## Knuth's Up-Arrow Notation

Knuth's up-arrow notation is a way of describing very large numbers. It's defined recursively, with the base case of repeated multiplication. So, for example, \(3 \uparrow 4\) means \( 3 \times (3 \times (3 \times 3))\). Therefore, the first level of up-arrow notation is just exponentiation, and we can write \(3 \uparrow 4\) as \(3^4.\)

However, each additional up-arrow requires repeated application of the previous level of up-arrows. Thus, \(3 \uparrow \uparrow 4\) means \( 3 \uparrow (3 \uparrow (3 \uparrow 3))\) or \(3^{3^{3^3}}.\) These numbers grow very, very quickly; \(3 \uparrow \uparrow 4\) is *trillions* of digits long.

## Representation of the Number

Using Knuth's up-arrow notation, Graham's number \(G\) is

where the number of arrows in each subsequent layer is specified by the value of the next layer below it; that is, \[{\displaystyle G=g_{64} ,{\text{ where }}g_{1}=3\uparrow \uparrow \uparrow \uparrow 3,\ g_{n}=3\uparrow ^{g_{n-1}}3,}\] where a superscript on an up-arrow indicates how many arrows there are. In other words, \(G\) is calculated in 64 steps: the first step is to calculate \(g_1\) with four up-arrows between 3s; the second step is to calculate \(g_2\) with \(g_3\) up-arrows between 3s; the third step is to calculate \(g_3\) with \(g_2\) up-arrows between 3s, and so on, until finally calculating G = \(g_{64}\) with \(g_{63}\) up-arrows between 3s.

## Magnitude

To convey the difficulty of appreciating the enormous size of Graham's number, it may be helpful to express, in terms of exponentiation alone, just the first term \(g_1\) of the rapidly growing 64-term sequence. First, in terms of tetration ( ↑↑ \({\displaystyle \scriptstyle \uparrow \uparrow }\) ) alone, \[{\displaystyle g_{1}=3\uparrow \uparrow \uparrow \uparrow 3=3\uparrow \uparrow \uparrow (3\uparrow \uparrow \uparrow 3)=3\uparrow \uparrow \big(3\uparrow \uparrow (3\uparrow \uparrow \ \dots \ (3\uparrow \uparrow 3)\dots )\big)},\] where the number of 3s in the expression on the right is \({\displaystyle 3\uparrow \uparrow \uparrow 3\ =\ 3\uparrow \uparrow (3\uparrow \uparrow 3)}.\)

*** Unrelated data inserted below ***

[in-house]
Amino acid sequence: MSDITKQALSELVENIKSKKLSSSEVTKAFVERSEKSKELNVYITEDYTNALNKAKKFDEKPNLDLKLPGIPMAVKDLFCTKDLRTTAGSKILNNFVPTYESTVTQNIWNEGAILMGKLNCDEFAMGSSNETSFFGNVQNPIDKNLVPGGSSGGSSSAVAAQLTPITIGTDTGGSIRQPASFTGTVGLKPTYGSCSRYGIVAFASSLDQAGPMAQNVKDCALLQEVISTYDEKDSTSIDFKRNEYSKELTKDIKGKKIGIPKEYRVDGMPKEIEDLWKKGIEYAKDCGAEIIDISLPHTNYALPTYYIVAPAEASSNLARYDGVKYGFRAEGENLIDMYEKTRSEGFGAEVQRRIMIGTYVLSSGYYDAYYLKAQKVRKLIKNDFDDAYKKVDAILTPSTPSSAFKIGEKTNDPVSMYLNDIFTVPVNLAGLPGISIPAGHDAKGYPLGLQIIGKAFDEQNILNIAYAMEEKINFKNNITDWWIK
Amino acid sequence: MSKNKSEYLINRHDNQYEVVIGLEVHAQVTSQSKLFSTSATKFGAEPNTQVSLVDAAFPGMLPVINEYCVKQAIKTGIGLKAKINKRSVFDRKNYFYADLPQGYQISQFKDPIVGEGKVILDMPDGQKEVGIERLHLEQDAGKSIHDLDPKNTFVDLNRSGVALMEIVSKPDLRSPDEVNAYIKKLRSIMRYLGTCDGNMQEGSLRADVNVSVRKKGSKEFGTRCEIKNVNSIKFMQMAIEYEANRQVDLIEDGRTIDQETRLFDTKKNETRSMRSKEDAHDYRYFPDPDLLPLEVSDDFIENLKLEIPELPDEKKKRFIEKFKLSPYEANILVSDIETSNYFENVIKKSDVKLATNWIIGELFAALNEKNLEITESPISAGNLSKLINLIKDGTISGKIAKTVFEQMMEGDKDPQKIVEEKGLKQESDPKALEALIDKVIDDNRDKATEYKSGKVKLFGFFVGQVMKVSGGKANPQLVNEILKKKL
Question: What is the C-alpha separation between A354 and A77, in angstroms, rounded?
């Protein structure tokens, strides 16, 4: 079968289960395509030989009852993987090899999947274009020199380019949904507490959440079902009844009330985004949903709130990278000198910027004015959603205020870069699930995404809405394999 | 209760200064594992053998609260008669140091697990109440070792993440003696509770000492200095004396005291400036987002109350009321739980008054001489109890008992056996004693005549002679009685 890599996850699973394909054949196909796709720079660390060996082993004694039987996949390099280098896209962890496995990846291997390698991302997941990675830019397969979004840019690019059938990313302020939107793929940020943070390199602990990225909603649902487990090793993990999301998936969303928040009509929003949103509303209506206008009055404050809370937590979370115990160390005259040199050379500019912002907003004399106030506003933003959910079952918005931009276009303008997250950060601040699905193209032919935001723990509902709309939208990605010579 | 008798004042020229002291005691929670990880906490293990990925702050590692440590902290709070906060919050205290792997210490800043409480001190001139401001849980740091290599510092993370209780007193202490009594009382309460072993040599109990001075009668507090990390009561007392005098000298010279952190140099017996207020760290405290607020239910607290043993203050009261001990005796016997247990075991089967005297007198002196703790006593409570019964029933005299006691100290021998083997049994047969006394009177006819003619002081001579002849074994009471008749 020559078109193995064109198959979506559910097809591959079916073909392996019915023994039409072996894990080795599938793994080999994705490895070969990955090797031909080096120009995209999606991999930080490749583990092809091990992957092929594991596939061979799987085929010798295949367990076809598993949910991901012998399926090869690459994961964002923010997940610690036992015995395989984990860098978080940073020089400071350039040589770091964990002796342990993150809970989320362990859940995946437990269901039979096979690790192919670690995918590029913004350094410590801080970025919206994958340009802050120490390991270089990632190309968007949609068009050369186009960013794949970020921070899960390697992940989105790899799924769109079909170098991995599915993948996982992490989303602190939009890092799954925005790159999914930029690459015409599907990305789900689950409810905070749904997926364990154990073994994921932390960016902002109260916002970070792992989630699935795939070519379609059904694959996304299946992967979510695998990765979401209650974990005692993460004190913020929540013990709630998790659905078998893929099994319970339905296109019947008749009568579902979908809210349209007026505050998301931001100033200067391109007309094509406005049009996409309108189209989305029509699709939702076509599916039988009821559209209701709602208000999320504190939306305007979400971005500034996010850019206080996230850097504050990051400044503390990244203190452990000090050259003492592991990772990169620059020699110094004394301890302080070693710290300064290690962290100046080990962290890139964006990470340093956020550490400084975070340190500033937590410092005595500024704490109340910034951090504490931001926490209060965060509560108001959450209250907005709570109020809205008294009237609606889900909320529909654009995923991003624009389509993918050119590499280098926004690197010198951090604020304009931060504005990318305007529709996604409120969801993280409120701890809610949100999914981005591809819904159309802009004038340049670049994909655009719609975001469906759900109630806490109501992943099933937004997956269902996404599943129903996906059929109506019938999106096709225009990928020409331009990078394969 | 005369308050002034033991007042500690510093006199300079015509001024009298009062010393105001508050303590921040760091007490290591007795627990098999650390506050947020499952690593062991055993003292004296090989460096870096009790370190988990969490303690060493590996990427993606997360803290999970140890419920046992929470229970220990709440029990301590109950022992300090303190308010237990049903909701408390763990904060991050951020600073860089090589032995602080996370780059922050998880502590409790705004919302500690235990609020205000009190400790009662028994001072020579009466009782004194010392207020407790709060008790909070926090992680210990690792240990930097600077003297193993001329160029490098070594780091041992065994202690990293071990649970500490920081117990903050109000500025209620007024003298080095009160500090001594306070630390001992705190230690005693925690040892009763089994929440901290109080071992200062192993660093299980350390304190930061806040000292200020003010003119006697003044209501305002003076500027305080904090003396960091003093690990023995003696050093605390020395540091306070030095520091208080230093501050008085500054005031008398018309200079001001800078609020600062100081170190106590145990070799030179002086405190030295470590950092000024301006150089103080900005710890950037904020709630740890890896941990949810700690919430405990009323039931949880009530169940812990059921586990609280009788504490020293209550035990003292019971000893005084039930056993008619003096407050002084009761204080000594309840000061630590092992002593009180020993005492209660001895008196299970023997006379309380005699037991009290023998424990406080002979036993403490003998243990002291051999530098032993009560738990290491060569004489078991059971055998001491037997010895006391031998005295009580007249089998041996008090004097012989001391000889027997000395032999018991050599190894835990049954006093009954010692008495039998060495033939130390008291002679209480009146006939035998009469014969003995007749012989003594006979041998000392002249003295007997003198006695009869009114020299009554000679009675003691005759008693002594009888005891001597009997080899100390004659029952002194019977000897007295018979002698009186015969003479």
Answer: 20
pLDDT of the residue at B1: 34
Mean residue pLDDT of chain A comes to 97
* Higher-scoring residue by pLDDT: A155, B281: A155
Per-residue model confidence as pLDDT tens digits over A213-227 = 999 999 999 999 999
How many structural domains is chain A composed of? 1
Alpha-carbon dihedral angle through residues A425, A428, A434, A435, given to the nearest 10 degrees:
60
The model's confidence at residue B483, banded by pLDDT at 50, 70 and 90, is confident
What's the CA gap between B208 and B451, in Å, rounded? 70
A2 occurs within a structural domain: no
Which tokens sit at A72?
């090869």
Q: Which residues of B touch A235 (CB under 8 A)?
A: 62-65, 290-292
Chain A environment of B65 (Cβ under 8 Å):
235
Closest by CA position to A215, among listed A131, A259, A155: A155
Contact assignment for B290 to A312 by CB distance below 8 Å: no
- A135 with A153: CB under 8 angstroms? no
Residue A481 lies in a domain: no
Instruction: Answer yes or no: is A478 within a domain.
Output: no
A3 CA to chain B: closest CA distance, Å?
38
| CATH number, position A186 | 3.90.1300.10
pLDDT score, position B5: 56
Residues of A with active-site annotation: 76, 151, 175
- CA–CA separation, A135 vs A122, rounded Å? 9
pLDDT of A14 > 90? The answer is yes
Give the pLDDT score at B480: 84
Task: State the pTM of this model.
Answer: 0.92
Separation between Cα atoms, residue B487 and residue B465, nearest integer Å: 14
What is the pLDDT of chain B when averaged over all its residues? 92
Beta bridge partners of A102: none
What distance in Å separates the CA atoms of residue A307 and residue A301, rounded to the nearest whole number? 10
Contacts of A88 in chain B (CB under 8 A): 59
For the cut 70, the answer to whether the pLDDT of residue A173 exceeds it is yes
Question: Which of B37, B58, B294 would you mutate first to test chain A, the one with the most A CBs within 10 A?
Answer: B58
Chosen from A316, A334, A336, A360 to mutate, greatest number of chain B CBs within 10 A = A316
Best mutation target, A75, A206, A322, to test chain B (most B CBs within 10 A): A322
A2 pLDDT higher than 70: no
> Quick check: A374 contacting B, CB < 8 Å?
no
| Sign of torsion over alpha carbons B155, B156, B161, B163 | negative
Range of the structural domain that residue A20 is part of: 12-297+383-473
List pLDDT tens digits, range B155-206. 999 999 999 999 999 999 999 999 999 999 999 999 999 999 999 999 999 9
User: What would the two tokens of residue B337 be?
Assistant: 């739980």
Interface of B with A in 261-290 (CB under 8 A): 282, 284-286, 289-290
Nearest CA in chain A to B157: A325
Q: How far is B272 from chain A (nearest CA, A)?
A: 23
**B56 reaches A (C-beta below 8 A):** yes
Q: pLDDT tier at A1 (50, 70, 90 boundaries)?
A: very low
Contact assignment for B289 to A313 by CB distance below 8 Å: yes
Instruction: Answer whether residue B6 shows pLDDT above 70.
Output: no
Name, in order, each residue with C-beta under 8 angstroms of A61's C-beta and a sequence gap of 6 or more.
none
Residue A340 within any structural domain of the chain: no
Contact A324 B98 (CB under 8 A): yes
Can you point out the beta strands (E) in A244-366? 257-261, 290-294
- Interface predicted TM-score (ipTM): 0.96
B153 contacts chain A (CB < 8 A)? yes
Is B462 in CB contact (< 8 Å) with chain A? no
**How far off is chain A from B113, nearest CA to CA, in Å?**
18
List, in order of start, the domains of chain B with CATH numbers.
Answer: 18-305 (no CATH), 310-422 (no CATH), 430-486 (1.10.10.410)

Now each tetration ( ↑↑ \({\displaystyle \scriptstyle \uparrow \uparrow }\) ) operation reduces to a power tower ( ↑ \({\displaystyle \scriptstyle \uparrow }\) ) according to the definition \[{\displaystyle 3\uparrow \uparrow X\ =\ 3\uparrow \big(3\uparrow (3\uparrow \dots (3\uparrow 3)\dots )\big)\ =\ 3^{3^{\cdot ^{\cdot ^{\cdot ^{3}}}}},\quad {\text{where there are X 3s}}.}\] Thus, \(g_1 = 3 ↑↑ \big( 3 ↑↑ ( 3 ↑↑ … ( 3 ↑↑ 3 ) … ) \big),\) where the number of 3s is \( 3 \uparrow \uparrow ( 3 \uparrow \uparrow 3), \) becomes, solely in terms of repeated "exponentiation towers," \[{\displaystyle g_{1}=\left.{\begin{matrix}3^{3^{\cdot ^{\cdot ^{\cdot ^{\cdot ^{3}}}}}}\end{matrix}}\right\}\left.{\begin{matrix}3^{3^{\cdot ^{\cdot ^{\cdot ^{3}}}}}\end{matrix}}\right\}\dots \left.{\begin{matrix}3^{3^{3}}\end{matrix}}\right\}3, \quad {\text{where the number of towers is}}\quad \left.{\begin{matrix}3^{3^{\cdot ^{\cdot ^{\cdot ^{3}}}}}\end{matrix}}\right\}\left.{\begin{matrix}3^{3^{3}}\end{matrix}}\right\}3},\] where the number of 3s in each tower, starting from the leftmost tower, is specified by the value of the next tower to the right. Anyway other specific integers known to be far larger than Graham's number have since appeared in many serious mathematical proofs, for example, in connection with Harvey Friedman's various finite forms of Kruskal's theorem.